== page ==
Near-Infrared Light-Controlled Gene Expression and Protein Targeting in Neurons and Non-neuronal Cells

Taras A. Redchuk, Maksim M. Karasev, Evgeniya S. Omelina, Vladislav V. Verkhusha

Research output: Contribution to journalArticlepeer-review

19 Scopus citations


Near-infrared (NIR) light-inducible binding of bacterial phytochrome BphP1 to its engineered partner, QPAS1, is used for optical protein regulation in mammalian cells. However, there are no data on the application of the BphP1–QPAS1 pair in cells derived from various mammalian tissues. Here, we tested the functionality of two BphP1–QPAS1-based optogenetic tools—an NIR- and blue-light-sensing system for control of protein localization (iRIS) and an NIR light-sensing system for transcription activation (TA)—in several cell types, including cortical neurons. We found that the performance of these optogenetic tools often relied on physiological properties of a specific cell type, such as nuclear transport, which could limit the applicability of the blue-light-sensitive component of iRIS. In contrast, the NIR-light-sensing component of iRIS performed well in all tested cell types. The TA system showed the best performance in cervical cancer (HeLa), bone cancer (U-2 OS), and human embryonic kidney (HEK-293) cells. The small size of the QPAS1 component allowed the design of adeno-associated virus (AAV) particles, which were applied to deliver the TA system to neurons.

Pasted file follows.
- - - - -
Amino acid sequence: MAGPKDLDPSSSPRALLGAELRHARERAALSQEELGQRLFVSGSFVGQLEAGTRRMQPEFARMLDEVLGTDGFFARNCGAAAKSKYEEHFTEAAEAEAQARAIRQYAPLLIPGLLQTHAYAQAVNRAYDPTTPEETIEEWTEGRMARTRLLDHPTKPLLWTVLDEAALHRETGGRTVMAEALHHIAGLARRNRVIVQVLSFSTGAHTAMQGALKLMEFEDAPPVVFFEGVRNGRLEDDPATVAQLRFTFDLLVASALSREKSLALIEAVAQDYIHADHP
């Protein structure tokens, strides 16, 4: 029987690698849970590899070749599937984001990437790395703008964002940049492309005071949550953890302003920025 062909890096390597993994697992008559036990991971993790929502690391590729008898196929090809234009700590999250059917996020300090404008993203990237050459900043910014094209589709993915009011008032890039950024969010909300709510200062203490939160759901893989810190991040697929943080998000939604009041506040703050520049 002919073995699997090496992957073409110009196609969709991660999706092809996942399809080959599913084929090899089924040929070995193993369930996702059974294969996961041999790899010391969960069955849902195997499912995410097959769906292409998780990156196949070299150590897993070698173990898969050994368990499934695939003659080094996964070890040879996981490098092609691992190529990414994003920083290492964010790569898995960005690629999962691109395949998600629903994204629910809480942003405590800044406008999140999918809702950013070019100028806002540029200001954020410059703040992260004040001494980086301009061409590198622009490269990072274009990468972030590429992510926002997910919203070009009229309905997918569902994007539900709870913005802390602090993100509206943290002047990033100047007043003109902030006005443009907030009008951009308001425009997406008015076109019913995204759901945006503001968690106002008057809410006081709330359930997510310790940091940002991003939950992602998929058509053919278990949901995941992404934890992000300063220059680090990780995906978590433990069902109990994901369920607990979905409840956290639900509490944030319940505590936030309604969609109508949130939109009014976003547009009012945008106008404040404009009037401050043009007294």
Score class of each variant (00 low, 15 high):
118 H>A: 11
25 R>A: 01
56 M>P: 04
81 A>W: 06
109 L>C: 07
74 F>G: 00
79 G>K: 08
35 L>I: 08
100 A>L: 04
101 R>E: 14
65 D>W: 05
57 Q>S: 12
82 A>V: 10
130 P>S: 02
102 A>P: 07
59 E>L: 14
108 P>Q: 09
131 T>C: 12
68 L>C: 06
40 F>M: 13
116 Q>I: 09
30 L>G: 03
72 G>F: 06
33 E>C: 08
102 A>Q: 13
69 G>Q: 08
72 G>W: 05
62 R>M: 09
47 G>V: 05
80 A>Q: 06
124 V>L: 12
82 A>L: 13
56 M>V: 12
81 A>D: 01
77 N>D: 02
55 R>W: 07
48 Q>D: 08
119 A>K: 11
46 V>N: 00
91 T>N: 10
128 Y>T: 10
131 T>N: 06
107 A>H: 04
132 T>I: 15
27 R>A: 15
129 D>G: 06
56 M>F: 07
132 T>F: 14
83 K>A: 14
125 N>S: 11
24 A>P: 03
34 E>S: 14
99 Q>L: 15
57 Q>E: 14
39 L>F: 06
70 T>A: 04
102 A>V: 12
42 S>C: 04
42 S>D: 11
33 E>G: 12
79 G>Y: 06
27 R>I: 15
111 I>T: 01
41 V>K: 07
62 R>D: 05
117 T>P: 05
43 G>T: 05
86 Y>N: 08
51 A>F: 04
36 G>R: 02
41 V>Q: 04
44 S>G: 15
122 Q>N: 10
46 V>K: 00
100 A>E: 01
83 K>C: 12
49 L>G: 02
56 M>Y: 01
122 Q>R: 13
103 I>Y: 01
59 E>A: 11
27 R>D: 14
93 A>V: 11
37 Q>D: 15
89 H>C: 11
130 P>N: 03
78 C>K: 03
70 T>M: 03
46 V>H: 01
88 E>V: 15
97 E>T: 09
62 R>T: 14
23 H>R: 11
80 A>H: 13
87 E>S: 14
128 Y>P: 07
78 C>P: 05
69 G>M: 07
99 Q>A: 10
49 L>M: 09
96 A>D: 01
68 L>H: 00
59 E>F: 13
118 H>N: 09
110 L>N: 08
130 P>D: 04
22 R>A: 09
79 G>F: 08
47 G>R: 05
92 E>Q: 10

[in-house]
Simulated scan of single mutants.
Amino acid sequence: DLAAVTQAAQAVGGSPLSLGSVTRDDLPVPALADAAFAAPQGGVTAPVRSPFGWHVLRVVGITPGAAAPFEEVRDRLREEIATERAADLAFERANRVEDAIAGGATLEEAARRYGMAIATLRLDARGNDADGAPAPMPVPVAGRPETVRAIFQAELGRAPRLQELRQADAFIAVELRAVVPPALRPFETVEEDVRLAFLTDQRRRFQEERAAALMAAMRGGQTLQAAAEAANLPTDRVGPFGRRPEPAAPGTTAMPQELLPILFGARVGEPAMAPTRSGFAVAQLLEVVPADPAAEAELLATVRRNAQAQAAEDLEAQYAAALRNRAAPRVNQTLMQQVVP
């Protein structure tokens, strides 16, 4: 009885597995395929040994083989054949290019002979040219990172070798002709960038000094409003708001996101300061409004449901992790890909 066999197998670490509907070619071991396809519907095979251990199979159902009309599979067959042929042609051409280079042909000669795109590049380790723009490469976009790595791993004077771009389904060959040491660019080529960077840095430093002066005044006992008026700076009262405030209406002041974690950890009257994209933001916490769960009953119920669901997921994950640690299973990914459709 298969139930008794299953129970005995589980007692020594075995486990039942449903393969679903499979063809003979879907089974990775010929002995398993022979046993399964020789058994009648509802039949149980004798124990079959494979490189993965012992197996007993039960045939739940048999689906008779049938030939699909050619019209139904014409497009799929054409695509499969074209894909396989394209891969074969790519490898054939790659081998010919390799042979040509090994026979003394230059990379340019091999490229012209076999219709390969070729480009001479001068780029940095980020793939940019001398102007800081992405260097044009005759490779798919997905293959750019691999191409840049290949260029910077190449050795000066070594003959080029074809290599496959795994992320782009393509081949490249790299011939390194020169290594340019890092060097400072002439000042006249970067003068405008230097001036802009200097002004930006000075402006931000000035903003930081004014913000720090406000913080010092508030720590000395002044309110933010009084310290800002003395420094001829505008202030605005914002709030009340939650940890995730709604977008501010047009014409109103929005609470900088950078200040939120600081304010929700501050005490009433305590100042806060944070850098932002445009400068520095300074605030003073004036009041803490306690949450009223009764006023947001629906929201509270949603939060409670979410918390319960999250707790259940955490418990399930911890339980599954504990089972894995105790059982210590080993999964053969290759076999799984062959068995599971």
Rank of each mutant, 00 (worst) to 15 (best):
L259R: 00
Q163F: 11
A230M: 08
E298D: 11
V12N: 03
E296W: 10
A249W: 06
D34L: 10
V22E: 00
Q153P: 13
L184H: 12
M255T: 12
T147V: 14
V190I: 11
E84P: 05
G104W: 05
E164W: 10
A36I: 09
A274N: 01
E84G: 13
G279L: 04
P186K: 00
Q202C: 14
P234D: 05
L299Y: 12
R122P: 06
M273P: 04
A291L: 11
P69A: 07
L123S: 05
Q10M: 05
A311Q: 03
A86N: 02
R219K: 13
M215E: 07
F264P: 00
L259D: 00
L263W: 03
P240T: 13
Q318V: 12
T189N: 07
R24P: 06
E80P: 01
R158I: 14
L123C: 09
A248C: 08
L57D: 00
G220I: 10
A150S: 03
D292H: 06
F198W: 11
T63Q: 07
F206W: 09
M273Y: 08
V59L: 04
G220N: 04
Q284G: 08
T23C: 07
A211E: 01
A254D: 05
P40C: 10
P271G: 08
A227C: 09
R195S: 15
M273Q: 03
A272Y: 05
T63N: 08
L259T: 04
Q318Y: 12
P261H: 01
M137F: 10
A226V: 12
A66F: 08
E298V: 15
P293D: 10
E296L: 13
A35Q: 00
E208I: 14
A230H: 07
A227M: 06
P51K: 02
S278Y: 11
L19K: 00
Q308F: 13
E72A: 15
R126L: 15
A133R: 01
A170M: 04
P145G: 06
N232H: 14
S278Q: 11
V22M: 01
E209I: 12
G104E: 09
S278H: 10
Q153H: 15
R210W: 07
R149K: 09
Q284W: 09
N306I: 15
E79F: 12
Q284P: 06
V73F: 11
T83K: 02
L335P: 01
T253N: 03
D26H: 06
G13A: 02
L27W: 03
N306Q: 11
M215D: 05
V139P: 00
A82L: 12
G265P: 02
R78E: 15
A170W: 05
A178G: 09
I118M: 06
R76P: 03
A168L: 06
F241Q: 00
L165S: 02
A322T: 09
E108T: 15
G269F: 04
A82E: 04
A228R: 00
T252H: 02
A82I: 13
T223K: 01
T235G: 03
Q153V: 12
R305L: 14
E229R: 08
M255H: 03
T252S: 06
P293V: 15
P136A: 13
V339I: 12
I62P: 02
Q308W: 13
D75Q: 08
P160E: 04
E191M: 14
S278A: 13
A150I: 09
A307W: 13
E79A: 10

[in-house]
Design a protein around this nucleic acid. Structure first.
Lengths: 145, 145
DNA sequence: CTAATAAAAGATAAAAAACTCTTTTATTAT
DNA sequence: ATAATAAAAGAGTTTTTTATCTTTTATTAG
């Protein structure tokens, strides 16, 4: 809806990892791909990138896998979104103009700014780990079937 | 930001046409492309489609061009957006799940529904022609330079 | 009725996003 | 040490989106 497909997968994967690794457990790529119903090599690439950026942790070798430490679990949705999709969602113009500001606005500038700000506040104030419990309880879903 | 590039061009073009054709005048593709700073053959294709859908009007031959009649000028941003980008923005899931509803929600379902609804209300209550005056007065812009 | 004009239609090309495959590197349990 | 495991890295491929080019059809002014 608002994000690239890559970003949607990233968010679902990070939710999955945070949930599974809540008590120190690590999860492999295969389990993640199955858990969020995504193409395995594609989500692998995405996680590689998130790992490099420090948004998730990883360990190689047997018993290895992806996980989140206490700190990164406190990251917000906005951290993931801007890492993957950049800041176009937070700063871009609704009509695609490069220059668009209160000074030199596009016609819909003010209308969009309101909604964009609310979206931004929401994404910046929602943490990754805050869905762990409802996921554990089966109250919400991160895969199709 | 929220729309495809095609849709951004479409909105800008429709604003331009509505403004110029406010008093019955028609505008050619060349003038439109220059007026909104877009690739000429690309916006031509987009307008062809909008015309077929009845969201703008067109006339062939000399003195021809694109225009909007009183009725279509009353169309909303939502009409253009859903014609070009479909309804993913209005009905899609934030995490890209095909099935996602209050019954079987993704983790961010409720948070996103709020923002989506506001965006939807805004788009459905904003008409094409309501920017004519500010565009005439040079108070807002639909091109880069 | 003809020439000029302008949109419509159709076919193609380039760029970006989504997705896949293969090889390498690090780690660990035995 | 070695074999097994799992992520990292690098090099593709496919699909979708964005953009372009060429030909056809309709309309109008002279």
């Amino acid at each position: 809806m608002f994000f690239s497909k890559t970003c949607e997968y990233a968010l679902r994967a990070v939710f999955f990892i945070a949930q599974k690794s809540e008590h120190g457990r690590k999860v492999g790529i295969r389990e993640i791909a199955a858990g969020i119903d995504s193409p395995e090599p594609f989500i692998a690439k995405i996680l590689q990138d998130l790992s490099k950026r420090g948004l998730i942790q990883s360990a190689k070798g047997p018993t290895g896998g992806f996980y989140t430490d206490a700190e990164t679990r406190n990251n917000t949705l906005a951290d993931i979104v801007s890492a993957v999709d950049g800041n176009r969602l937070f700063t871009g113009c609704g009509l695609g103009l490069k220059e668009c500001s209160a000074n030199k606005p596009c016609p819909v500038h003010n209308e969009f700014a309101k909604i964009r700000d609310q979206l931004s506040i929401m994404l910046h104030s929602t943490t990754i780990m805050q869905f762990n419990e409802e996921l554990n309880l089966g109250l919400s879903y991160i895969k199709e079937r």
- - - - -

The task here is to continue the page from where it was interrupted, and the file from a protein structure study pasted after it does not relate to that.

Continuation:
Original languageEnglish (US)
Pages (from-to)1334-1340
Number of pages7
Issue number12
StatePublished - Jun 18 2018


  • BphP1
  • QPAS1
  • gene expression
  • near-infrared
  • optogenetic

ASJC Scopus subject areas

  • Biochemistry
  • Molecular Medicine
  • Molecular Biology
  • Organic Chemistry


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